FEATURE: Autistic children from Warwickshire create and star in their own film

Several of the children involved in making the film with Tessa Morton (far left). 13 children all took part in a four-day workshop to create the film.
Several of the children involved in making the film with Tessa Morton (far left). 13 children all took part in a four-day workshop to create the film.

Autism. Often associated with difficult behaviour and poor social skills, the condition is commonly misunderstood.

Teachers up and down the country can sometimes struggle to understand pupils who have the condition, and those pupils in turn are unlikely to fulfil their potential if their needs are not met.

Tessa Morton (right) speaks with one of the children involved in the film.

Tessa Morton (right) speaks with one of the children involved in the film.

But 13 secondary school children from Warwickshire who live with the condition have tried to help teachers in a different way to a standard training session.

The pupils have created a film showing the difficulties they face in the classroom and explaining how teachers can better understand them.

The film was created over four days in Warwick by the children as part of a workshop run by Act for Autism, founded by Tessa Morton and Jane Gurnett.

Act for Autism is a not-for-profit social enterprise which trains school staff to help them teach autistic pupils, often through drama.

And Tessa, a former actor whose son is also autistic, is aiming to use the film as part of Act for Autism’s training workshops.

The ten-minute film will be screened at the Bridge House Theatre in Warwick on Tuesday July 10 from 6.30pm.

Tessa thought the film was a great way for the children to express what they thought about their condition in a safe environment, and would also help teachers empathise with autistic pupils.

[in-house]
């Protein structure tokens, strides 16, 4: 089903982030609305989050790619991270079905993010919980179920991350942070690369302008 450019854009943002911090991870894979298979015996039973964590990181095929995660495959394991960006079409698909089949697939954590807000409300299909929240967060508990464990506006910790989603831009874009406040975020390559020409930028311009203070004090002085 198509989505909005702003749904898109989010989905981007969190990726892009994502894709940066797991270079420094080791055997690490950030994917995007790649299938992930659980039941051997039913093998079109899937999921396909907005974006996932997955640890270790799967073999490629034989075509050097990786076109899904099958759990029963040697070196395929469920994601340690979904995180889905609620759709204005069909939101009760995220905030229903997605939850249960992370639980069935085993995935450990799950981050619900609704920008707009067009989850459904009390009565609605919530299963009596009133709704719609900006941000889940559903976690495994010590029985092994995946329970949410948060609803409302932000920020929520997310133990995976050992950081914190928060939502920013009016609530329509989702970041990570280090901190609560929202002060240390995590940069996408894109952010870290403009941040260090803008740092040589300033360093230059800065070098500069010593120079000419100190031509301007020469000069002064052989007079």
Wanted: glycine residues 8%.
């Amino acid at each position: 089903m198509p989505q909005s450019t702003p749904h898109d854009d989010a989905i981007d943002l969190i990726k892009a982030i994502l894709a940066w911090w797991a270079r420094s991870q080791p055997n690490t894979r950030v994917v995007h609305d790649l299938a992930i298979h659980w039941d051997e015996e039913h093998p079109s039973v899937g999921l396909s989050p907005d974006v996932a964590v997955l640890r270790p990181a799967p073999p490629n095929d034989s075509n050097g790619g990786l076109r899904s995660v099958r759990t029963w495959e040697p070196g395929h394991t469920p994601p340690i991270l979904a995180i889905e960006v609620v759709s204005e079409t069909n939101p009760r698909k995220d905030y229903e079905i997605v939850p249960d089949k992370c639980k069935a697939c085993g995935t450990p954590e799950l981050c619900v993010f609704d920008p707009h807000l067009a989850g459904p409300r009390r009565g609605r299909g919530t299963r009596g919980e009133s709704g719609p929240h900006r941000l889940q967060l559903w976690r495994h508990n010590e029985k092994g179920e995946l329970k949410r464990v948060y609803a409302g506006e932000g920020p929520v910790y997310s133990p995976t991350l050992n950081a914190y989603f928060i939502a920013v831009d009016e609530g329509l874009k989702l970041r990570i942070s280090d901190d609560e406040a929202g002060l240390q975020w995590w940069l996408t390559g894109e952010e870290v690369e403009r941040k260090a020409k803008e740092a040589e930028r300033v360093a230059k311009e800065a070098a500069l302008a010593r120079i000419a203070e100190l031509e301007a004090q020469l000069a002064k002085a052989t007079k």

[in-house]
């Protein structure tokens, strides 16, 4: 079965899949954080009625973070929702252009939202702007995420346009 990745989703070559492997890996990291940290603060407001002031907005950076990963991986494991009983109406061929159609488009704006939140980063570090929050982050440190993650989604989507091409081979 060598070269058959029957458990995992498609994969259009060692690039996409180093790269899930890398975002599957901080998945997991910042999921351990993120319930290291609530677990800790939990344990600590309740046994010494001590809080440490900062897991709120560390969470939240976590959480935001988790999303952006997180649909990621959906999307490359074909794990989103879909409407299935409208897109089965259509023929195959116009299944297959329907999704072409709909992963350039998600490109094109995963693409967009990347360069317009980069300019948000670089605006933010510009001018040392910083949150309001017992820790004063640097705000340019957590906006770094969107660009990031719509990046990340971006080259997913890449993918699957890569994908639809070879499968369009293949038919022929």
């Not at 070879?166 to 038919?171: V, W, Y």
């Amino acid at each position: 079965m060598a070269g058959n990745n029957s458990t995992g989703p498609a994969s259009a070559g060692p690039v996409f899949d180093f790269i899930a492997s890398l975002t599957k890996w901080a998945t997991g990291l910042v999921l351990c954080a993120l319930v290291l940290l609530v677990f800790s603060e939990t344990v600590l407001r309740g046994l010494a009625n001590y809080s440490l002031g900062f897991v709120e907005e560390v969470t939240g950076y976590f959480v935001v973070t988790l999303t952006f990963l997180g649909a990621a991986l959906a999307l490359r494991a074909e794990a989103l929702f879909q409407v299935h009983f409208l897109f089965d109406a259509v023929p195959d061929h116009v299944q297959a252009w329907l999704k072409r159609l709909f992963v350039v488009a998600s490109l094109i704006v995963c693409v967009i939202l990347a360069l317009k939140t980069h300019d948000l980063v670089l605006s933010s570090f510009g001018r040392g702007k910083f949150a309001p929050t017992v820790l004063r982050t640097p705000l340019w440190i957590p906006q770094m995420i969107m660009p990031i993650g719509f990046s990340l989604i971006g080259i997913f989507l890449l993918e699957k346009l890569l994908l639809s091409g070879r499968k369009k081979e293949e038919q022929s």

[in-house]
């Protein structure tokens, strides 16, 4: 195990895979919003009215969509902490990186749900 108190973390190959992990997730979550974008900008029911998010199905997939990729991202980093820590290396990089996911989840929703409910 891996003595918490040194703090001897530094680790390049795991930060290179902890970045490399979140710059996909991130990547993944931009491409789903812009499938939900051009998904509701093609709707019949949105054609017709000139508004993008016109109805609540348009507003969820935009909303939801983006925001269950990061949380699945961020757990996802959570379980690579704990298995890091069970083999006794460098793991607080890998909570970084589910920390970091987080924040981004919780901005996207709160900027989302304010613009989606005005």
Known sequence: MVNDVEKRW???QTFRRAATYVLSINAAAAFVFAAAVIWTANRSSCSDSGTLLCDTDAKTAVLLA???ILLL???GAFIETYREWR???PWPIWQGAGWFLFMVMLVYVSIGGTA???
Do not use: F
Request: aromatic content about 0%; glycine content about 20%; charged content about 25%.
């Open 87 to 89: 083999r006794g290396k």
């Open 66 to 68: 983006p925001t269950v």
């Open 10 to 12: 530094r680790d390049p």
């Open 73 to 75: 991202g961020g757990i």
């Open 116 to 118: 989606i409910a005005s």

She said: “The film is a creative way to for the children to talk about autism, and produce something that can be used as a resource in our training.

“Some of the kids who arrived for the workshop on day one had caution about making a film themselves. But it gave them a chance to talk about autism with a peer group who were also autistic in a fun and safe environment.

“This resulted in a massive boost in confidence for the children. And autistic children vote with their feet - if they don’t like it, they won’t come. They all came every single day.”

The film is split into four scenes - a classroom where a pupil experiences sensory overload, a scene depicting the isolation a child feels when nobody around them understands autism, a scene where the children speak to camera telling a ‘teacher’ what they want from them, and finally the children explaining the positives of being autistic.

Many of the children who worked on the film felt it helped them grow as people.

One said: “Being involved with the film made me feel like I was making a difference with the education system.”

And two other children both expressed how being involved in the project helped boost their confidence.

Tessa felt the film was very important for teachers to see, especially as she thought cuts to school budgets meant teachers were finding it harder than ever to accommodate autistic pupils in their classrooms.

She added: “There are more and more autistic children in mainstream schools. They are being supported through nursery and primary schools, but there are less resources for special schools now and the pressure on secondary school staff is much higher.”

Anyone wishing to find out more should visit the Act for Autism website
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According to the National Autistic Society, autism affects roughly 700,000 people in the UK - which is more than one in 100.

It is defined by the Society as a lifelong, developmental disability that affects how a person communicates with and relates to other people, and how they experience the world around them.

The Society, alongside the All Party Parliamentary Group on Autism, published a report in 2017 about how the country’s education system copes with autistic pupils.

The report found that there was still a long way to go before autistic pupils and their parents were fully satisfied.

Six out of ten young people, and seven in ten of their parents, said that the main thing that would make school better for them is having a teacher who understands autism.

Fewer than half of autistic children said they were happy at school, and seven in ten say their peers do not understand them.

Act for Autism’s workshops aim to improve these numbers by helping teachers understand autistic pupils better.